The 21st International Conference on
“Smart Cities and User Data Management”
in conjunction with
The 2021 International Conference on Computational
Science and its Applications (ICCSA 2021)
July 5th – July 8th 2021
The development and success of cities have always been inextricably linked to innovation. Thanks to technologies, urban systems and infrastructures can be constantly adapted to the emerging needs and the challenge of today is to ensure that technologies are truly capable of providing an effective response to the problems of citizens and businesses. Current schemes therefore need to adapt to new conditions: it is necessary to rethink the city, its logics, its traditional structures. Smart cities are an effective response to these emerging needs, made crucial by global, rapid and unavoidable dynamics.
However, the smart city, based on the assumptions of the digital economy, implies the constant connection between technological tools and people in a digital network. This connection in turn determines the collection and use of data in considerable quantities (big data) through the information available on the Internet about the people who usually surf online. If on the one hand the creation of big data can be useful to satisfy the needs of citizens, on the other it can have a negative side: the big data collected can be used abusively without having the right or even violating the privacy of individuals and going against the European guidelines on privacy as GDPR. The explosion of the Internet of things and 24-hour connection has made this issue more central than ever. All is done online is de facto tracked. Information on user’s data (preferences, behavior, etc.) could be collected in personal and collective profiles, trajectories, trend, etc.. All this data and information that consumer users produce with the use of IT represent the basis of what Zuboff (2019) defines as “Surveillance Capitalism” and represent a valuable good as they are processed and sold at auction by “data brokers” can generate both economic and political revenues. This phenomenon, paraphrasing the best term known in urban planning of “land grabbing” (exploitation of the land according to business logic), can be defined as digital grabbing.
By focusing on these premises, the SCIDAM workshop welcomes contributions aimed at proposing novel methods and visions, theoretical approaches and case studies connecting technology with the sustainable city debate.
Focus of contributions may include (but is not limited):
- Smart cities and IoT, IoE
- Data gathering and management: Open Data, Big Data
- City dashboards and decision support systems
- Data Analytics for decision support
- User data management, profiling
- Space and energy use;
- Data-informed design and planning;
- Online and informal economies;
- Urban morphogenesis;
- Theoretical and methodological development;
- Urban policy making.
Given the focus of the Conference on Computational Science issues, the SCIDAM workshop welcomes contributions on urban studies, engineering, spatial planning, and computational aspects, proposals and applications from a wide variety of scholars on the issues proposed. Engineers, Urban and Regional Planners, Architects, Geographers and Environmental Engineers, among others are welcome to contribute.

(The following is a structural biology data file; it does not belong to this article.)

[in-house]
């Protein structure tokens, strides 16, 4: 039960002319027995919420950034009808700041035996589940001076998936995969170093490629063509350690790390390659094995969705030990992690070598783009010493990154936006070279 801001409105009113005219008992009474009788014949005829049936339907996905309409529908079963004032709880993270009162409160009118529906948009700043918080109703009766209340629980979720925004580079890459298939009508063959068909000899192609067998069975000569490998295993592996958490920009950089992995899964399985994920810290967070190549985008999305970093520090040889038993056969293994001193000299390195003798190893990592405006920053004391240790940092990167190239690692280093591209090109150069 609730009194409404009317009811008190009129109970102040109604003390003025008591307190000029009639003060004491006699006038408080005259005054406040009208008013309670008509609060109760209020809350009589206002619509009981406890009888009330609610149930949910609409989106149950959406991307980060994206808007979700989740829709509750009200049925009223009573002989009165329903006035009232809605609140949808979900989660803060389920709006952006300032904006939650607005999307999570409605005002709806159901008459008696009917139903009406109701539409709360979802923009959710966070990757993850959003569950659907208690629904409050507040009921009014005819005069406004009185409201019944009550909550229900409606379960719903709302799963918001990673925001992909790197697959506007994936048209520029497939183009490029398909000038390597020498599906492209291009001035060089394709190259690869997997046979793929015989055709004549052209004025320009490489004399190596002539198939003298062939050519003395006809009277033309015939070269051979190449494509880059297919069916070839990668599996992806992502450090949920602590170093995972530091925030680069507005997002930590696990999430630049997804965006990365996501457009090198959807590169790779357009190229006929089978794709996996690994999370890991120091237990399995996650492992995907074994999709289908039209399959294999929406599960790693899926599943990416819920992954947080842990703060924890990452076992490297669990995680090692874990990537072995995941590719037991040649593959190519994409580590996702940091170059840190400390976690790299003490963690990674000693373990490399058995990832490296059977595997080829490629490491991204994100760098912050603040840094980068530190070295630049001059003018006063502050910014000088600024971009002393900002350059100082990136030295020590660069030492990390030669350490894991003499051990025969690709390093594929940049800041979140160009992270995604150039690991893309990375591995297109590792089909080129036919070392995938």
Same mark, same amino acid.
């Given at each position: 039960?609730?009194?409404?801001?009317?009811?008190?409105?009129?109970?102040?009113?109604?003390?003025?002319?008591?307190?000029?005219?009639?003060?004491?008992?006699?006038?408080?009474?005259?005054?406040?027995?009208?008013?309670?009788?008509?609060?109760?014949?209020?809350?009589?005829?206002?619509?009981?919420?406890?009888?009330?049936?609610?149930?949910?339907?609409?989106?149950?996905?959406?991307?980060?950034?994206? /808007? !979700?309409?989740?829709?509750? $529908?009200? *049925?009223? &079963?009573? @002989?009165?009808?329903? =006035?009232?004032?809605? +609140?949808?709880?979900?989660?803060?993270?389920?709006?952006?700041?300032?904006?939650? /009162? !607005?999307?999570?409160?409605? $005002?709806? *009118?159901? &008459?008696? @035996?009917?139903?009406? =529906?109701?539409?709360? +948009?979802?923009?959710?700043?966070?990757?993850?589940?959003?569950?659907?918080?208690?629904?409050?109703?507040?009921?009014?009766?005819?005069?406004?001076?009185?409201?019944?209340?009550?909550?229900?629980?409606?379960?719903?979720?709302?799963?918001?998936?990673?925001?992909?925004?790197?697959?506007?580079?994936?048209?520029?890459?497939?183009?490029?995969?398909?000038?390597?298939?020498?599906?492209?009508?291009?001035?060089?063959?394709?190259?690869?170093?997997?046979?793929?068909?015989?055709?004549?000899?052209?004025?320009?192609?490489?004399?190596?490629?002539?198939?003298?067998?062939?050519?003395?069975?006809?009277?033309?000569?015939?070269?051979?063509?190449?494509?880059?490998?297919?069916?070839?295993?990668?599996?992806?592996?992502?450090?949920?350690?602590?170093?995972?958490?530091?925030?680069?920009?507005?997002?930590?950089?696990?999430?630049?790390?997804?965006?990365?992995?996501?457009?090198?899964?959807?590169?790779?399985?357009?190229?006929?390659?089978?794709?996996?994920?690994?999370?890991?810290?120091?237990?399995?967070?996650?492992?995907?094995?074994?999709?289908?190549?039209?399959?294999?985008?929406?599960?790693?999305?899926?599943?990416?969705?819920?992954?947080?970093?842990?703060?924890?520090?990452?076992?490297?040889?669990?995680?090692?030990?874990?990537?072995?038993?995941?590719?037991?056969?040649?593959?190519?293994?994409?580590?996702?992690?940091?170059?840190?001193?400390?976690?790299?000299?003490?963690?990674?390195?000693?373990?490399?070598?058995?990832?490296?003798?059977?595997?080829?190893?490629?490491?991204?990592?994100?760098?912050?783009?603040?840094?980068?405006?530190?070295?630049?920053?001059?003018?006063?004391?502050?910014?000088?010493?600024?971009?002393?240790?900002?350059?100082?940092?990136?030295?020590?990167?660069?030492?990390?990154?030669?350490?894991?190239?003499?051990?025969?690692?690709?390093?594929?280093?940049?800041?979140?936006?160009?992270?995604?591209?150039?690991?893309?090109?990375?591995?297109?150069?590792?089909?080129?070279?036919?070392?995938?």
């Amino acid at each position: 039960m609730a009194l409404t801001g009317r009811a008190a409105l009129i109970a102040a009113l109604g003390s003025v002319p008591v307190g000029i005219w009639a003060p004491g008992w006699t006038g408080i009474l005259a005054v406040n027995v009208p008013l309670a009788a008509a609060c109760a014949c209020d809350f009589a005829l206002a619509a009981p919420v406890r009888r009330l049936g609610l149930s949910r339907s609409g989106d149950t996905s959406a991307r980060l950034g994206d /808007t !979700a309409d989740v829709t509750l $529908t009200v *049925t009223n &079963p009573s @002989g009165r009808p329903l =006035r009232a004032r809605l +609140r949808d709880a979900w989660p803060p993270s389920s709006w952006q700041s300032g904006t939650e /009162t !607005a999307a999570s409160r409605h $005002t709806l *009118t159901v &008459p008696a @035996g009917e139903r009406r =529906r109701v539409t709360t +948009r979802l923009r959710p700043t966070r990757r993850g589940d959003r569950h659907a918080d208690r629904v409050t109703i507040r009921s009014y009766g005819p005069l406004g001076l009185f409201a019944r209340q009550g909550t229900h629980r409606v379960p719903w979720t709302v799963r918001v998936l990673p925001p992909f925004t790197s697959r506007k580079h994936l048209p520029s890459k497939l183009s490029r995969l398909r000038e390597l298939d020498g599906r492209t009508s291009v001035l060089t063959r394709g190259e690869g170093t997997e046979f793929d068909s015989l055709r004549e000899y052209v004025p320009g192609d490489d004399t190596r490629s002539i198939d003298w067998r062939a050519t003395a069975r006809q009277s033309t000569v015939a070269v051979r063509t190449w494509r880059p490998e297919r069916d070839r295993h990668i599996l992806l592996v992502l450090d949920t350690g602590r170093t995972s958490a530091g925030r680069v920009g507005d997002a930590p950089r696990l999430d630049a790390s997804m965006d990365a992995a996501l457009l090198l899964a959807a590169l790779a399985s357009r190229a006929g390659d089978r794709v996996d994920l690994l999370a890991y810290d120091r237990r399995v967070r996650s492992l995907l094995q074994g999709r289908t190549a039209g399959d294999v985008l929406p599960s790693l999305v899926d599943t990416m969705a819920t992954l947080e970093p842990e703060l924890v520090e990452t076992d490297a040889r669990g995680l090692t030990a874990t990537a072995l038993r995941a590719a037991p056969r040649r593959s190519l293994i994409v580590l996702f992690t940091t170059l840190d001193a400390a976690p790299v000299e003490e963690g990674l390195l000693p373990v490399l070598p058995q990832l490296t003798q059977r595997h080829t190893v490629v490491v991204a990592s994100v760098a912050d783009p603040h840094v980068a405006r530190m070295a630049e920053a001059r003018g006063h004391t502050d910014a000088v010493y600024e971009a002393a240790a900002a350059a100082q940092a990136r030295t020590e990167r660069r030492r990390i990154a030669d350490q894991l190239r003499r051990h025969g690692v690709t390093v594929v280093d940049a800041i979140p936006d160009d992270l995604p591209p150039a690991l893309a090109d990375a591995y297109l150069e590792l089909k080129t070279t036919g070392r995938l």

Keywords: Smart cities, spatial planning, ICT, urban and regional planning, Open Data, Big Data, IoT, IoE, data analytics, decision support systems.
Individuals and groups should submit complete papers (10 to 16 pages).
Accepted contributions will be published in the Springer-Verlag Lecture Notes in Computer Science (LNCS) volumes
Please adhere strictly to the formatting provided in the template to prepare your paper and refrain from modifying it. The submitted paper must be camera-ready and formatted according to the rules of LNCS. For formatting information, see the publisher’s web site (http://www.springer.com/computer/lncs?SGWID=0-164-6-793341-0). Submission implies the willingness of at least one of the authors to register and present the paper.
Papers should be submitted at: http://ess.iccsa.org/
Please don’t forget to select “Science, technologies and policies to innovate spatial planning” – STP4P_2021)” workshop from the drop-down list of all workshops.
Papers accepted to “STP4P 2021” will be published in the ICCSA Conference proceedings, in Springer-Verlag Lecture Notes in Computer Science (LNCS) series, with doi, indexed by WOS, Scopus and DBLP.
26 April 2021: Notification of acceptance
10 May 2021: Deadline for Camera Ready Papers
5-8 July, 2021: ICCSA 2021 Conference
Chiara Garau, (DICAAR, University of Cagliari)
Luigi Mundula, (DICAAR, University of Cagliari)
Gianni Fenu, (DICAAR, University of Cagliari)
Paolo Nesi, (Disit Lab, University of Florence)
Paola Zamperlin, (University of Pisa)
Federico Amato, University of Basilicata, Italy
Alessandro Aurigi, University of Plymouth, United Kingdom
Margherita Azzari, University of Florence, Italy
Anna Maria Colavitti, University of Cagliari
Tanja Congiu, University of Sassari, Italy
Federico Cugurullo, Trinity College of Dublin
Chiara Garau, University of Cagliari, Italy
Gianni Fenu, University of Cagliari, Italy
Luigi Mundula, University of Cagliari, Italy
Beniamino Murgante, University of Basilicata, Italy
Paolo Nesi, University of Florence, Italy
Enrica Papa, University of Westminster, London, United Kingdom
Alessandro Plaisant, University of Sassari, Italy
Francesco Scorza, University of Basilicata, Italy
Anastasia Stratigea, University of Athens – NTUA
Katharine Willis, University of Plymouth, United Kingdom
Claudia Yamu, University of Groningen
Paola Zamperlin, University of Florence, Italy
Corrado Zoppi, University of Cagliari, Italy